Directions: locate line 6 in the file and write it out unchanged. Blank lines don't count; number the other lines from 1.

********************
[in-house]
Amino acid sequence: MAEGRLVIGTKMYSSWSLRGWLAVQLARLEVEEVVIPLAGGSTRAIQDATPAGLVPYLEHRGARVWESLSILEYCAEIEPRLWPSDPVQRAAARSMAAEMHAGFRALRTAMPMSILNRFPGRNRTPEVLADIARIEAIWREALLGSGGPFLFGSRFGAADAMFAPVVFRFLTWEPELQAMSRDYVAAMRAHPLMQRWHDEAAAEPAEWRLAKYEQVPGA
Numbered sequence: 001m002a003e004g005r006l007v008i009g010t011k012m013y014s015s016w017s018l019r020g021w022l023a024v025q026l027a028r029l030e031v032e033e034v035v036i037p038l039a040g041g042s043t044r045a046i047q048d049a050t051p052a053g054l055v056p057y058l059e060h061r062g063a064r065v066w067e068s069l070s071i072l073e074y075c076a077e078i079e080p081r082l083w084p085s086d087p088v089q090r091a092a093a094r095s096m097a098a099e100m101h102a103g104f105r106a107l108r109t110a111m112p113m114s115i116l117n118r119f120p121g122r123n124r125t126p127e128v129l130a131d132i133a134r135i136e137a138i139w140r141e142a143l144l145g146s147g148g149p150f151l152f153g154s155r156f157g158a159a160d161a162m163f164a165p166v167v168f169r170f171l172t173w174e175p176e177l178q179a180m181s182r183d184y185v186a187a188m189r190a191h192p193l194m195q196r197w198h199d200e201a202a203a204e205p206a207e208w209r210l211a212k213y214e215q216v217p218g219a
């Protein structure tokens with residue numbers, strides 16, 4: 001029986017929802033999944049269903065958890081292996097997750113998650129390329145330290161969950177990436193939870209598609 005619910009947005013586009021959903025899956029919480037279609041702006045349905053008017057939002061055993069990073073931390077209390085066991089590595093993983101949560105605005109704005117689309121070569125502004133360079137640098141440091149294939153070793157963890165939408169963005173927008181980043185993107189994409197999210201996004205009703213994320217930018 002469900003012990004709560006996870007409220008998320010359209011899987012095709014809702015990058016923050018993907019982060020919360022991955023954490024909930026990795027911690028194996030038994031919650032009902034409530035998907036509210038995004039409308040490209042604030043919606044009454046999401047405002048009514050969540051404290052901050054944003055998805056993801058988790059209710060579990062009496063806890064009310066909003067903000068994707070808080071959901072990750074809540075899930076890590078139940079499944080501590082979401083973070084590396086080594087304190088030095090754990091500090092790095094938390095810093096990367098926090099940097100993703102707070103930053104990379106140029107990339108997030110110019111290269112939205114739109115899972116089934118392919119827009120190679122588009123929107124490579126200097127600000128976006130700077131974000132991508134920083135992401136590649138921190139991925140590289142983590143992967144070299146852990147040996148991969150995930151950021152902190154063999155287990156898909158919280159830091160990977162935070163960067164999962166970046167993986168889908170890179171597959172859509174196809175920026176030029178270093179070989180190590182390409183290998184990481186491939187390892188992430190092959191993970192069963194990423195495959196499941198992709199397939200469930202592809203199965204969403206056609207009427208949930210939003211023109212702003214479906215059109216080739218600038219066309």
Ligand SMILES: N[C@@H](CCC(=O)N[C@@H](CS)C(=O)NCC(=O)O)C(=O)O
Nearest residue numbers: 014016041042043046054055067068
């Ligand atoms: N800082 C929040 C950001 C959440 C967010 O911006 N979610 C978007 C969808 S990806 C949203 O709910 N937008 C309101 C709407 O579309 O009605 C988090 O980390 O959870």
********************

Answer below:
Nearest residue numbers: 014016041042043046054055067068